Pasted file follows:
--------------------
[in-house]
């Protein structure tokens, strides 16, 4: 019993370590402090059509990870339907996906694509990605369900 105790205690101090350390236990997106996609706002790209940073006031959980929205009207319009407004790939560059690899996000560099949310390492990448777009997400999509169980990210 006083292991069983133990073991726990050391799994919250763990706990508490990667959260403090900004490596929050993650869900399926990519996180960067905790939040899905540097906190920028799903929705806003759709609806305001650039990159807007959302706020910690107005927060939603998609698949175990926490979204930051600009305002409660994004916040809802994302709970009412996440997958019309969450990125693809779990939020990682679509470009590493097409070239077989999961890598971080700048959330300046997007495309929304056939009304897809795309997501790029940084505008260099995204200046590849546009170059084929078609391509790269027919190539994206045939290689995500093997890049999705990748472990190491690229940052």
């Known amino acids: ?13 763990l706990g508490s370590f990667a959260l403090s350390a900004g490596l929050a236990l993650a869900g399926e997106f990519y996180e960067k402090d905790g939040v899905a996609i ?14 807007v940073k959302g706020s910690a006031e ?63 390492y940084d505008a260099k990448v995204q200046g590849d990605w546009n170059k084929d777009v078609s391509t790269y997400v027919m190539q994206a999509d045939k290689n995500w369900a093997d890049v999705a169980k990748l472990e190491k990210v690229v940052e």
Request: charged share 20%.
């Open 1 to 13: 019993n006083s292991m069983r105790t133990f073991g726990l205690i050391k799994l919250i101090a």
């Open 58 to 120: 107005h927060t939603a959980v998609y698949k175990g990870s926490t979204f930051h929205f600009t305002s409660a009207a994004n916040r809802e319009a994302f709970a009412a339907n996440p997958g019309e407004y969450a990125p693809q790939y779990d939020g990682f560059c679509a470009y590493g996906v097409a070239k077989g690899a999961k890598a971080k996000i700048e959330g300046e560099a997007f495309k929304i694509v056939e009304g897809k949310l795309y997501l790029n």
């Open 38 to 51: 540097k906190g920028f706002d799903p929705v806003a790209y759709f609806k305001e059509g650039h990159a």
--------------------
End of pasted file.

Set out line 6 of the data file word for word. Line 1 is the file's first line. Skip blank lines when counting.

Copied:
């Open 58 to 120: 107005h927060t939603a959980v998609y698949k175990g990870s926490t979204f930051h929205f600009t305002s409660a009207a994004n916040r809802e319009a994302f709970a009412a339907n996440p997958g019309e407004y969450a990125p693809q790939y779990d939020g990682f560059c679509a470009y590493g996906v097409a070239k077989g690899a999961k890598a971080k996000i700048e959330g300046e560099a997007f495309k929304i694509v056939e009304g897809k949310l795309y997501l790029n």